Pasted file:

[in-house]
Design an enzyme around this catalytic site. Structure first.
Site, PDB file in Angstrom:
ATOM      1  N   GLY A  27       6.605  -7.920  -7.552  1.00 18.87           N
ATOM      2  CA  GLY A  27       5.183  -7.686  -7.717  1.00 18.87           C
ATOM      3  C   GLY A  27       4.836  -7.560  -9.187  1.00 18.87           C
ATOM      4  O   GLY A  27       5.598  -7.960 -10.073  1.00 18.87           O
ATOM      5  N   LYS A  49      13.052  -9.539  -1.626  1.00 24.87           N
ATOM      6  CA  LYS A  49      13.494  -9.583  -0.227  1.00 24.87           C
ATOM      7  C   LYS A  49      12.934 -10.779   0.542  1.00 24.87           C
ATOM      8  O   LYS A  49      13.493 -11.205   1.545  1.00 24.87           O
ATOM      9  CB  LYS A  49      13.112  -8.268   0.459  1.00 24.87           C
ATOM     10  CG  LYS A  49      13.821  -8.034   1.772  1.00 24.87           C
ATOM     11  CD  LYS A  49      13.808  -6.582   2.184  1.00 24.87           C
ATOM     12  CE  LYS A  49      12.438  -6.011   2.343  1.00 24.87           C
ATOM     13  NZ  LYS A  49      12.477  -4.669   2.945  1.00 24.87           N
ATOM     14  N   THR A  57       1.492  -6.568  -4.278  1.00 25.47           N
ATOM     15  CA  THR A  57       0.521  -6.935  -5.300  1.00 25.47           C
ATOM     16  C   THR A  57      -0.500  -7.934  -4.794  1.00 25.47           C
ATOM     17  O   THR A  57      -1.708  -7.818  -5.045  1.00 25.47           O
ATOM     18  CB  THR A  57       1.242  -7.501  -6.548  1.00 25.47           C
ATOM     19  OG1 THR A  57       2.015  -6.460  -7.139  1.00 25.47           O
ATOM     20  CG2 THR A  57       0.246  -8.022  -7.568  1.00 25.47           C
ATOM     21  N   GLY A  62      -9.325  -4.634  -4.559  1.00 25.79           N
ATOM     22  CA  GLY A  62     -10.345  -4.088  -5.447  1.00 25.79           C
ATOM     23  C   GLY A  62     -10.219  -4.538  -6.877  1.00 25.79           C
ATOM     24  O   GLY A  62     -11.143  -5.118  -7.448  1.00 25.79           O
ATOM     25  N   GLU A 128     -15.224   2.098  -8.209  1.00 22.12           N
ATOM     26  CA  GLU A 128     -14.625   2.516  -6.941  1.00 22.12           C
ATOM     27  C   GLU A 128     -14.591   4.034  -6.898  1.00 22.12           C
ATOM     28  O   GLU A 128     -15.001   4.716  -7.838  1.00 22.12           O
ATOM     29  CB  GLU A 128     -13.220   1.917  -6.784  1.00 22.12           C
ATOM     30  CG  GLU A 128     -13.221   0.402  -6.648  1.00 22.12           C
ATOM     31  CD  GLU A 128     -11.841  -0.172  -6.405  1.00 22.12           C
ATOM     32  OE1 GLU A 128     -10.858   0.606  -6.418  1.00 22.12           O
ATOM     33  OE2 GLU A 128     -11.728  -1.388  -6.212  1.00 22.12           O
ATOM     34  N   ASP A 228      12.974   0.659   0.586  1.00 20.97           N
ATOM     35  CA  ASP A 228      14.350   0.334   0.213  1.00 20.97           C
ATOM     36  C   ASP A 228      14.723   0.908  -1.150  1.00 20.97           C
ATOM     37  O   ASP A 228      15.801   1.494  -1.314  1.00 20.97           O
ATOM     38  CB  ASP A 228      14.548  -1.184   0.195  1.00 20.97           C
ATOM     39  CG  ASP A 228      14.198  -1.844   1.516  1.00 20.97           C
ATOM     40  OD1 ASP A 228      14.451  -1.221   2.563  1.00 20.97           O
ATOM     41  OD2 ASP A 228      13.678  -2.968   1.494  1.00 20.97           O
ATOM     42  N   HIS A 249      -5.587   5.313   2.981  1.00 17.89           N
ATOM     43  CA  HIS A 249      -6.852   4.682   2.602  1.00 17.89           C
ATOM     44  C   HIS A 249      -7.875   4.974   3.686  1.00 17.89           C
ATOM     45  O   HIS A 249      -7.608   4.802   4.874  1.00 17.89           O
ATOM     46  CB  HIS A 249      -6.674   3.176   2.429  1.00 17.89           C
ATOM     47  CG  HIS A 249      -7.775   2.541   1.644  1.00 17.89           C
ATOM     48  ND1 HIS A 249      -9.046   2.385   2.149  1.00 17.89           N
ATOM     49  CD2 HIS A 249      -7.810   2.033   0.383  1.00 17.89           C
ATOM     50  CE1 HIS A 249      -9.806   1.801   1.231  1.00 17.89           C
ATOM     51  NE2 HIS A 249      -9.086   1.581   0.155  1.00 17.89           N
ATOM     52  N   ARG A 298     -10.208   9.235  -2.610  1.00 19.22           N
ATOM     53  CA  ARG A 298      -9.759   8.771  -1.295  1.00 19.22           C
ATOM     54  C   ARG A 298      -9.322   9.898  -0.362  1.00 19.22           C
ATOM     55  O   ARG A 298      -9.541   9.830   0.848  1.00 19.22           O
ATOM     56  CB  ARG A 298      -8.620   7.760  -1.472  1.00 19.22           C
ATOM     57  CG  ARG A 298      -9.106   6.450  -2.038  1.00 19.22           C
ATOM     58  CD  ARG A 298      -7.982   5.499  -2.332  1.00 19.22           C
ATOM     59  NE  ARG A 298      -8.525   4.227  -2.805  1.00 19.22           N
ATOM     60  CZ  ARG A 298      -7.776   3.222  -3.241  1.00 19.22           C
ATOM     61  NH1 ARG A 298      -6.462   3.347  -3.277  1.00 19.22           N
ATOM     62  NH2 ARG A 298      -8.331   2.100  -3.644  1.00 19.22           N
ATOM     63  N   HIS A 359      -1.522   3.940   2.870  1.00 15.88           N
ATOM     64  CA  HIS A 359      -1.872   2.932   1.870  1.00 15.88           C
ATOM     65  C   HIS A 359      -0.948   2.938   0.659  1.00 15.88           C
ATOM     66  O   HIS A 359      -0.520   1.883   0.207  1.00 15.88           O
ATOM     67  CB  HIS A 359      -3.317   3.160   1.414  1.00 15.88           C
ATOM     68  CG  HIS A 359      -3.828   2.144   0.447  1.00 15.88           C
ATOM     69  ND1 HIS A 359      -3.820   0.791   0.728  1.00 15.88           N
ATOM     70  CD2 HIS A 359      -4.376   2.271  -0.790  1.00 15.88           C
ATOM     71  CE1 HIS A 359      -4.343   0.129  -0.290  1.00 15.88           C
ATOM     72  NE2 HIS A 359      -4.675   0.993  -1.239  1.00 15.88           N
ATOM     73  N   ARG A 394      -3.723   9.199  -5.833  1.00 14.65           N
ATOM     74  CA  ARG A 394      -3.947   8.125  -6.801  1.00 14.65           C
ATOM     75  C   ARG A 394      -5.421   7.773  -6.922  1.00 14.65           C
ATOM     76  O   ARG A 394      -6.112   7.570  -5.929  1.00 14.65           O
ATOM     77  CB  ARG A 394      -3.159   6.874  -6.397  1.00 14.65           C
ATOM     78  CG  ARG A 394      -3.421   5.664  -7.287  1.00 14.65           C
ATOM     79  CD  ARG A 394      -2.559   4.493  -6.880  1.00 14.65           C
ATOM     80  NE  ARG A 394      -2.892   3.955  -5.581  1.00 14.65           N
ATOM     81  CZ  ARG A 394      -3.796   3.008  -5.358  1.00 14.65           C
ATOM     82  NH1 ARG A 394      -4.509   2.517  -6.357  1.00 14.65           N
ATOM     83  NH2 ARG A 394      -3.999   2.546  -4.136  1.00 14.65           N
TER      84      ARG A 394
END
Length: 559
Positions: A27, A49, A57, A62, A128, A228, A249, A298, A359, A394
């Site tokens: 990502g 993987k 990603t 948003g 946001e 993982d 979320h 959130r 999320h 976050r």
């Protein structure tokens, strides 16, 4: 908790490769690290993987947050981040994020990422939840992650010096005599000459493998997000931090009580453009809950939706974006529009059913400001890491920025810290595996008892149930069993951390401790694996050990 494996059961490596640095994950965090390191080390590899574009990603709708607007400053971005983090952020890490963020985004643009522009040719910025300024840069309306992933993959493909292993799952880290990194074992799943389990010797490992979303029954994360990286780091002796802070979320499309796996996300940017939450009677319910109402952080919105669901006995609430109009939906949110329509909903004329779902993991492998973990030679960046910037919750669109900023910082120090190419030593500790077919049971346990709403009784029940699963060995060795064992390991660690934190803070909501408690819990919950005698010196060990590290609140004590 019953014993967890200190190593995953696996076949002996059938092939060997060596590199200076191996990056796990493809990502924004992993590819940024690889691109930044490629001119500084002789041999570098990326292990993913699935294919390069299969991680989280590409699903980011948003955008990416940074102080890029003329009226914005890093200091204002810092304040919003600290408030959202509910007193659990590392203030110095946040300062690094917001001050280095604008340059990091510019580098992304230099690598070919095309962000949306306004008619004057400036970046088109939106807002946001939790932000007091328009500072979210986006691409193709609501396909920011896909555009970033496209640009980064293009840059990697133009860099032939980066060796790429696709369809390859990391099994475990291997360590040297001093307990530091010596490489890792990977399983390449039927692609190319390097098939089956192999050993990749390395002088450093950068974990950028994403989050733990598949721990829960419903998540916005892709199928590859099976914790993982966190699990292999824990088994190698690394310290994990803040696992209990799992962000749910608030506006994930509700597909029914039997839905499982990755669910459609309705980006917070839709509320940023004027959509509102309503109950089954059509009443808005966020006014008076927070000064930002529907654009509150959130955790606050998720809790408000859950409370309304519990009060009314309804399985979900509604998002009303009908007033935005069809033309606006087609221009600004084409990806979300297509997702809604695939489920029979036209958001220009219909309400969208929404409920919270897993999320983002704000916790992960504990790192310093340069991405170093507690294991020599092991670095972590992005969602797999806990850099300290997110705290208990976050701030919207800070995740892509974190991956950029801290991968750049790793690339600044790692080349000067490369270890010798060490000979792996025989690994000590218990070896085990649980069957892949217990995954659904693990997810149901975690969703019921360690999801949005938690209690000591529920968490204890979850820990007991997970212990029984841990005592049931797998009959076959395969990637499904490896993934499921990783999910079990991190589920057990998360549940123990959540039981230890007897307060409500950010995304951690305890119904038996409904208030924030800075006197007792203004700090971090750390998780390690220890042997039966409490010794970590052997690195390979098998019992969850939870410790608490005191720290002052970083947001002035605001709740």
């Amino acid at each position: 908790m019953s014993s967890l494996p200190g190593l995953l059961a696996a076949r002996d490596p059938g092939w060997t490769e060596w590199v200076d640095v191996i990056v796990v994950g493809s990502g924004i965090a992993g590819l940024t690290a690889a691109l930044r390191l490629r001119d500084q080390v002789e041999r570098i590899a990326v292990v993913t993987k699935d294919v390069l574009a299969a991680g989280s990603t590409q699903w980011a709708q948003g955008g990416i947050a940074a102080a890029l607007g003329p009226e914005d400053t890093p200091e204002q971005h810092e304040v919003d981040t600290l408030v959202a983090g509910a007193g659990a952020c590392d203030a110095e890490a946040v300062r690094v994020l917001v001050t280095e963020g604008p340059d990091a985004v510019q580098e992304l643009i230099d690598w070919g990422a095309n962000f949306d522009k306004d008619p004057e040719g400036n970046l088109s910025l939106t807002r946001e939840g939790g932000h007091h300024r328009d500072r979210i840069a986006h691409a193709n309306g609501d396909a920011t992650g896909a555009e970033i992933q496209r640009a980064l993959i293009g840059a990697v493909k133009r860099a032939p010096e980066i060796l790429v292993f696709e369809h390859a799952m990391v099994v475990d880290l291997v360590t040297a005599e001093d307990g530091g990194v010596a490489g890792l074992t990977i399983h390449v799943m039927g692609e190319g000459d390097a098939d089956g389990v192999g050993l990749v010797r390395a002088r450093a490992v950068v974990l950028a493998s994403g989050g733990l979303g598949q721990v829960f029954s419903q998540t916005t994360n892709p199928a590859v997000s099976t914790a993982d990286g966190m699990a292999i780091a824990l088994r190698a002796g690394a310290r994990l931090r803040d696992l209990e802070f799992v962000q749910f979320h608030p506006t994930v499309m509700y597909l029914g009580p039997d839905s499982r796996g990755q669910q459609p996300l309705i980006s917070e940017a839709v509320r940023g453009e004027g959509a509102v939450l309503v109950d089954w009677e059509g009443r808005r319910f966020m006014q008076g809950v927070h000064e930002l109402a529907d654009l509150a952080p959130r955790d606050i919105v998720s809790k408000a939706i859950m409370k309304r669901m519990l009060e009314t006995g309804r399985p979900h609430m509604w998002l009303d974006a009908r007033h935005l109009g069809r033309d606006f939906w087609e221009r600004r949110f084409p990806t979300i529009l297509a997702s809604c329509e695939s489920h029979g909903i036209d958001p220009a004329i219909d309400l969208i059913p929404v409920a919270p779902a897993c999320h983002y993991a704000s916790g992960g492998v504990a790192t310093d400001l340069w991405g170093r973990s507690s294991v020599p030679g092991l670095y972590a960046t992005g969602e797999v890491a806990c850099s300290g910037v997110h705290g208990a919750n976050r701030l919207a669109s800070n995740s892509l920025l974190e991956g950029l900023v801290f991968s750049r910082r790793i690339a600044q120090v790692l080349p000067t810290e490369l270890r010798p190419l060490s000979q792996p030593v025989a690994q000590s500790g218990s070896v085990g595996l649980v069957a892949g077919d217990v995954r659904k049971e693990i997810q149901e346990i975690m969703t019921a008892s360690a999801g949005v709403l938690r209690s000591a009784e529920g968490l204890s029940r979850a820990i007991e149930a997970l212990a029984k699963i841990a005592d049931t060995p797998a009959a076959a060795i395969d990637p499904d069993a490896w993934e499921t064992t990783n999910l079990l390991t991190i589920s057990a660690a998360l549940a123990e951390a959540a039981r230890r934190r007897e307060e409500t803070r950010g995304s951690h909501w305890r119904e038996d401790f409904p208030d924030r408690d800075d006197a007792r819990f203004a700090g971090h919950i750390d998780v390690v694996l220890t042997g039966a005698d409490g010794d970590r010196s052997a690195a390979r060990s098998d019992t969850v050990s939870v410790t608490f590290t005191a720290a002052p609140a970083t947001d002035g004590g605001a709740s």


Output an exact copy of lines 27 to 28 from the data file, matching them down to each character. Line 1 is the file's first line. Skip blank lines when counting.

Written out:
ATOM     24  O   GLY A  62     -11.143  -5.118  -7.448  1.00 25.79           O
ATOM     25  N   GLU A 128     -15.224   2.098  -8.209  1.00 22.12           N